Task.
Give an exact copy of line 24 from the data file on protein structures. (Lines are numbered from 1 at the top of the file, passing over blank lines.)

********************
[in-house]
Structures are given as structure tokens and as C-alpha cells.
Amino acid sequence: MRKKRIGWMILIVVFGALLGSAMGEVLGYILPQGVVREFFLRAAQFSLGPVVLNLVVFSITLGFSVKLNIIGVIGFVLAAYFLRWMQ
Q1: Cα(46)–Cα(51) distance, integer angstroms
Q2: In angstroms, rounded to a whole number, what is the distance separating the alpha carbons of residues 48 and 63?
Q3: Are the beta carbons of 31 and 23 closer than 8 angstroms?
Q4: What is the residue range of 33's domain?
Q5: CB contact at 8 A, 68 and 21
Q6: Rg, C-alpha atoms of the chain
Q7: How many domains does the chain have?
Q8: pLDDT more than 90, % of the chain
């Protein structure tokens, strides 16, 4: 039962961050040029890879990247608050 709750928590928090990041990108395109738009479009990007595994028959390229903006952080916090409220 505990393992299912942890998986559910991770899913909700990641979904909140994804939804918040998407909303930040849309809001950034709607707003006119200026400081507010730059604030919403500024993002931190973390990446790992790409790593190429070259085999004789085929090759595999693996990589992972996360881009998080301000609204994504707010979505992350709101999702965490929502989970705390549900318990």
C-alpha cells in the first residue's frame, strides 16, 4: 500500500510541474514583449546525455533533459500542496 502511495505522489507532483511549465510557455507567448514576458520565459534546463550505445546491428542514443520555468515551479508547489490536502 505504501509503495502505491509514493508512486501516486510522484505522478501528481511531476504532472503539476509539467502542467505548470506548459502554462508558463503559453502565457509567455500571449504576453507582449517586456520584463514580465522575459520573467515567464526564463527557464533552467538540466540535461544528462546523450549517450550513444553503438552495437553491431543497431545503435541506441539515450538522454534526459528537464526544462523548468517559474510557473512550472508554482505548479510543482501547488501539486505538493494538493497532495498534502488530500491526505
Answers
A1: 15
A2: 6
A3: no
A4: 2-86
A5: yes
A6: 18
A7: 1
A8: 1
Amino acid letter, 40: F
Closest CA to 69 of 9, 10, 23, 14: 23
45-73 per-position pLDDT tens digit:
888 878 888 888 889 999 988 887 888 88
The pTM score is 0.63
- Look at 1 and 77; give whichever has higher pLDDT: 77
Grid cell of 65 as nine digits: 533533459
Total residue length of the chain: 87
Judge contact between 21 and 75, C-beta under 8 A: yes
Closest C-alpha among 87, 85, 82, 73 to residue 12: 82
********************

Closest CA to 69 of 9, 10, 23, 14: 23